The Imperfectionists by Tom Rachman has gotten a lot of buzz, and the last few books that were getting similar press just didn't do it for me (i.e. Let the Great World Spin, which I didn't finish), so I was a little skeptical, but the story about the old newspaper in Rome sounded intriguing. I'm glad I gave it a shot. It's sort of like Olive Kitteridge in that it is a novel, but is really a bunch of interconnected short stories about people connected with the paper. Rachman excels at drawing the different characters and making you want to know more. I was sad to come to the end of each section because I wanted to know what happens to them next. Sometimes they would show up briefly in another section, but you didn't get the full story. It's more like glimpses into parts of their lives. It's great when a book leaves you wanting to what happens next because you care about the people though, so I recommend this book as long as you're okay with not getting to know everything.

I did not enjoy The Language of Secrets by Dianne Dixon. Maybe it was because the overview I read made it sound wonderful: a man visits his parent's graves for the first time and finds his own tombstone, saying he died when he was three. Intriguing, yes? Well, it was a good idea for a story, but Dixon is not a strong writer. I should have paid more attention to the blurb by Sue Grafton on the back than the one by Kristin Hannah on the front. I like Hannah, but think Grafton is one of the worst writers I've had the misfortune to encounter. Dixon is much closer to Grafton than Hannah on my scale. The story was interesting enough for me to keep reading, although there's a rather stupid "twist" at the end that's just thrown in to be shocking but by that point you really just want the thing to be over and all of the characters to die a slow painful death anyway. Yep, in addition to the bad writing, I hated all of the characters. Not a pleasant one in the bunch. I especially wanted to strangle the main character's wife. She was completely obsessed with making her horrible father happy, even at the expense of her husband. And when she finally stands up to him, she expects some huge reward for how awesome she is for deciding not to treat her husband like crap. Anyway, clearly I would recommend skipping this one.

I've loved all of Emily Giffin's books, and Heart of Matter is no exception. Giffin is a masterful storyteller and character creator. Her characters always have strong faults and don't always do the right thing all the time, but she makes them real and lovable even when you don't approve of what they're doing. And in this book, one of the main characters is the sister to Dex, the main male character in Something Borrowed and Something Blue, and Rachel from those books is also present. I love when authors do that. It was fun getting to see them again.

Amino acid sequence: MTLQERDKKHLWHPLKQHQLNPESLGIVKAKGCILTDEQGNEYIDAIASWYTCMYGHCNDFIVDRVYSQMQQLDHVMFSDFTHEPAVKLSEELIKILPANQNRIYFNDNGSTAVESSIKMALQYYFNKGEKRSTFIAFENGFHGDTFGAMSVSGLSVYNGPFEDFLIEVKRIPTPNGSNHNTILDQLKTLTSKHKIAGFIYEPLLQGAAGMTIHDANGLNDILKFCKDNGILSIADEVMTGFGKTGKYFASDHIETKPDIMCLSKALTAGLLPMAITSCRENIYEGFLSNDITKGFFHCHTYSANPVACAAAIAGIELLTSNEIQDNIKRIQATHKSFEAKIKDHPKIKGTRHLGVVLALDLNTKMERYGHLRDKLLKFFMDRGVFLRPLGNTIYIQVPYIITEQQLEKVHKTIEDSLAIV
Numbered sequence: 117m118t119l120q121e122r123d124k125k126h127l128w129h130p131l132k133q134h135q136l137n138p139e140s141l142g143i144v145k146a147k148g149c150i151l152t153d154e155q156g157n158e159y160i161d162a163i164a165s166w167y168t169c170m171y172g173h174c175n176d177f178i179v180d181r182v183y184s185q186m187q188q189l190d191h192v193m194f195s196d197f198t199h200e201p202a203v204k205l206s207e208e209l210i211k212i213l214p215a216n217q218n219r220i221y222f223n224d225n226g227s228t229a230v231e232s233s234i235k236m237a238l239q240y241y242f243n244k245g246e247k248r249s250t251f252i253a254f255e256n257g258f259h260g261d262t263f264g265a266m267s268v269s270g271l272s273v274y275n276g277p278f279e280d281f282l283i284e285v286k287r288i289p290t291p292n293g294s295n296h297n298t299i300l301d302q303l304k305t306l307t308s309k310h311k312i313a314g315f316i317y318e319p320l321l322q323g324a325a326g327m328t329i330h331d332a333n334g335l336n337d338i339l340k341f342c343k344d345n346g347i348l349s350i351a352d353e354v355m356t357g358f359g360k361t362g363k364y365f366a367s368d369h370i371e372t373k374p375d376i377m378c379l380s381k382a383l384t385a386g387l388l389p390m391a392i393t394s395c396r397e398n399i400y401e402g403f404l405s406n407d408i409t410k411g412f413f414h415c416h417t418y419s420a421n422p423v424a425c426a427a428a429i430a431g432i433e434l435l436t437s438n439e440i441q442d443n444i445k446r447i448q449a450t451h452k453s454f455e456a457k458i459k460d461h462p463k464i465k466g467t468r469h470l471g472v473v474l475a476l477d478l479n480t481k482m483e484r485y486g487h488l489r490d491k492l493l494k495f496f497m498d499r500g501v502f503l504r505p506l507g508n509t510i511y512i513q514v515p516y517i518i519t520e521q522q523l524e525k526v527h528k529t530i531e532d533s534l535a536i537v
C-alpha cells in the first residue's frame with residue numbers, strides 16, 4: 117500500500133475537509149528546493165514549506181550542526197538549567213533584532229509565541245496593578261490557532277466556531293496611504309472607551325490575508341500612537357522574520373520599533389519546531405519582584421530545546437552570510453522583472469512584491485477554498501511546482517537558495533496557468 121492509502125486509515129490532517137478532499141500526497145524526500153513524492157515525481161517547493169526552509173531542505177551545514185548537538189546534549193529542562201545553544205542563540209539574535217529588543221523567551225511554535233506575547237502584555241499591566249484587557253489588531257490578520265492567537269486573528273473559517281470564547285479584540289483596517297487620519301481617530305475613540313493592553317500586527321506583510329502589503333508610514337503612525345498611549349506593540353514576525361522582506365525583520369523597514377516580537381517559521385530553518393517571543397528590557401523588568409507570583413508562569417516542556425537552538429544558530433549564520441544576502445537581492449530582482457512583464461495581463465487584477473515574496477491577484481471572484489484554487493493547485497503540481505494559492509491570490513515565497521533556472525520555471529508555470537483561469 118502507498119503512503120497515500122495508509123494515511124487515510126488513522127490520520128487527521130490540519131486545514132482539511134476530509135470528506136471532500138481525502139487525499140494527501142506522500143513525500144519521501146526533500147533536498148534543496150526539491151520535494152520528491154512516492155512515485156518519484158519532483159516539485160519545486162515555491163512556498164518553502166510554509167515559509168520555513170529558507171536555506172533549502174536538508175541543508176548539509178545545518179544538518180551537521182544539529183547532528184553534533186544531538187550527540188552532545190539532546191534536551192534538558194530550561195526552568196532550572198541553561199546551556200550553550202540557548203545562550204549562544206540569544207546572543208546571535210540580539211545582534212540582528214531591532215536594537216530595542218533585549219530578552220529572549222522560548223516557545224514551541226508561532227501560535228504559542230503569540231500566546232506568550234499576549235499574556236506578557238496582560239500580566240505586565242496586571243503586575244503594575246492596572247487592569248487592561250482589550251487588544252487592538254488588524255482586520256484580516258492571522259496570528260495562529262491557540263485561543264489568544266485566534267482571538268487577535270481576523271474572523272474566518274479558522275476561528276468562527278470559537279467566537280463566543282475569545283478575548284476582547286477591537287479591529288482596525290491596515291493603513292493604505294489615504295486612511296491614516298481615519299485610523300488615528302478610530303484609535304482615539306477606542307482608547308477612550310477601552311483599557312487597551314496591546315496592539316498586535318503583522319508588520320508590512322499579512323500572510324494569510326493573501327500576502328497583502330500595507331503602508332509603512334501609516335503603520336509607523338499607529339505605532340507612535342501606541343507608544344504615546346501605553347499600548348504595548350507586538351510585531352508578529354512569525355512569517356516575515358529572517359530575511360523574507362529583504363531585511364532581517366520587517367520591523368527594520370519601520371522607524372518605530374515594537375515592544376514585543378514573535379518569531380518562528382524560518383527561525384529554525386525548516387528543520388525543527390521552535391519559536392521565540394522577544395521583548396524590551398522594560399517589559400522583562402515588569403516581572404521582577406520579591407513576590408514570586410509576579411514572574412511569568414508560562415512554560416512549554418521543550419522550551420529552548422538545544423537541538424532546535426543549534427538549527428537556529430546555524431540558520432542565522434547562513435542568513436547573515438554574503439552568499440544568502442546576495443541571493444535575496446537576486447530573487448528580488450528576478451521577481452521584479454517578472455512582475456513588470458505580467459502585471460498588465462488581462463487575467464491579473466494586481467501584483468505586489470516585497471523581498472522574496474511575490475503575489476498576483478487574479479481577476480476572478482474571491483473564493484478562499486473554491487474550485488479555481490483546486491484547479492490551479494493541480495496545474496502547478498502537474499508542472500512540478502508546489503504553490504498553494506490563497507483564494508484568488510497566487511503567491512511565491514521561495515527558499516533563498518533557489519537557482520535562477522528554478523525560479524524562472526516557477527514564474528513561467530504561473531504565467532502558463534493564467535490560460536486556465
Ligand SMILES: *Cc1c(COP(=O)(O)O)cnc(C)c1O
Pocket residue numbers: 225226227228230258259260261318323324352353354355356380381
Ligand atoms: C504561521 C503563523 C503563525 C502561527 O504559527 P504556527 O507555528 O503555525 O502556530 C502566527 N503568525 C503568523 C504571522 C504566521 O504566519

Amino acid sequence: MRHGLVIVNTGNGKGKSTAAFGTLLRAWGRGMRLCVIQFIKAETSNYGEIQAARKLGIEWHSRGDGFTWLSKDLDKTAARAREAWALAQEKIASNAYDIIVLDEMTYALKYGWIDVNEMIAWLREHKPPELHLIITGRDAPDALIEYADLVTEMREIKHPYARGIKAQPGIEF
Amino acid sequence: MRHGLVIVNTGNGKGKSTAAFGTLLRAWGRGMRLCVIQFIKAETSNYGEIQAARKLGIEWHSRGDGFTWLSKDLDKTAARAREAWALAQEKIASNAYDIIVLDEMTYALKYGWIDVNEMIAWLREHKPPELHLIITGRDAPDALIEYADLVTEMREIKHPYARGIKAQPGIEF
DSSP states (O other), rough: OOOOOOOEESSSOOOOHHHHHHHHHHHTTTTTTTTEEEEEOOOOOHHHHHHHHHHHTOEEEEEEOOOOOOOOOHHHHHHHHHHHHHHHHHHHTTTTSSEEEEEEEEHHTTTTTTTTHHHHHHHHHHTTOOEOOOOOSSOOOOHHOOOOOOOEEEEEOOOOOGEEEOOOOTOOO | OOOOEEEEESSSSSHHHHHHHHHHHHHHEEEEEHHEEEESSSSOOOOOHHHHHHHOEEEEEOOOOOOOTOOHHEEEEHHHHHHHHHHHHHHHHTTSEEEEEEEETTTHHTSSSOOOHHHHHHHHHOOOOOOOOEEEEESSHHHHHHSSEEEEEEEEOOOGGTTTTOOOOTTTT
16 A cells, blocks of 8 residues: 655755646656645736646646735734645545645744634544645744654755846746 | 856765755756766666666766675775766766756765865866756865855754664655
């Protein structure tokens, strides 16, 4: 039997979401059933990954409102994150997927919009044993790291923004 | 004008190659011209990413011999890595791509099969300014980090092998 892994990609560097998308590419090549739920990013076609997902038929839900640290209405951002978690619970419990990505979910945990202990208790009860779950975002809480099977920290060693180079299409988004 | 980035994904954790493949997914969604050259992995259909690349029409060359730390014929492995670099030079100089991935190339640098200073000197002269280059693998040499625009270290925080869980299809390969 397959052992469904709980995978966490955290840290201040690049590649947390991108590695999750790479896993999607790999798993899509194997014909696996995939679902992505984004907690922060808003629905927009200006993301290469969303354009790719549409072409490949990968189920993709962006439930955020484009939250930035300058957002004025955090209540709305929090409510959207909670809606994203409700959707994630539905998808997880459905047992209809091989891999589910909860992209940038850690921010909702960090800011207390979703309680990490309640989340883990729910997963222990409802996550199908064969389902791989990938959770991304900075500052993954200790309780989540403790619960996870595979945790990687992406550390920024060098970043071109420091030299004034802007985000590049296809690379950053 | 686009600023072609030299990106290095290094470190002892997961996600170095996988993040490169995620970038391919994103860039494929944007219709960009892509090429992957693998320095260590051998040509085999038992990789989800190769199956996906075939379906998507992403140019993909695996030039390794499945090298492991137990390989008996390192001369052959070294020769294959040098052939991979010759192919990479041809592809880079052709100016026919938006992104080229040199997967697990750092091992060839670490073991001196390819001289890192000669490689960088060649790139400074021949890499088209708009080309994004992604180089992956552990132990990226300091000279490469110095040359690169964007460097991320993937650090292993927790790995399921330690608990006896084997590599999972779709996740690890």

Finally, I read Fall to Pieces by Mary Forsberg Weiland, Scott Weiland's ex-wife (or soon to be ex, I'm not sure if the divorce if final yet). I have had a major crush on Scott since I was 13. And it's still going quite strong. It was sad to read about their epic drug use, even though I clearly knew about that. It was interesting that they met before he became famous, when he was her driver and she was starting as a model. It made me like her more, that she wasn't some model who just hooked up with him because he was famous. It also made me feel quite sorry for her because being with him couldn't have been easy (although she has her own demons as well). She became close friends with Anthony Kiedis from the Red Hot Chili Peppers and roomed with Charlize Theron, so that was interesting to read about as well. I felt like the book was very well written, and offered what appears to be an honest glimpse into her life. She addresses her mental health issues as well, her struggles with being bi-polar and misdiagnosed for a long time. My mother-in-law is bi-polar, and reading about someone else's struggles with that helped me to understand her better. Overall, I thought this was a great read!

Whew! That was a lot of books to update you all on! I hope you enjoyed the mini-reviews!


  1. That's quite a bouquet of books you've read recently. I have got to read Sweetness at the Bottom of the Pie, if only to read the sequel.

    Not My Daughter sounds a bit weird--I read about the pact the girls made in MA, and I find it incomprehensible too. Maybe they should have gotten American Girl dolls instead. My older daughter graduated from high school this morning, and believe me, raising a child is not child's play.

    I'm an Alexander McCall Smith fan also, though I haven't read one in awhile--you reminded me how much I like him. Flawed characters are really the most lovable actually...

    I read the Dale Carnegie book back when I first graduated from college--as an introvert with a 28-year career in public relations, I count this as one of the most influential books I ever read. I happened to see it at the library one day, picked it up because it was the bible of a generation, and like you found it full of common sense but common sense worth keeping in mind, if that makes sense.

  2. Jane - You should definitely give the Alan Bradley books a go. They're quite fun!

  3. Pre-blogging, I read all of McCAll-Smith's books. I am rather tired of them just at the thought now, but he certainly is a fun author! I've always wanted to read that Carnegie book. Glad to hear it's not too dated.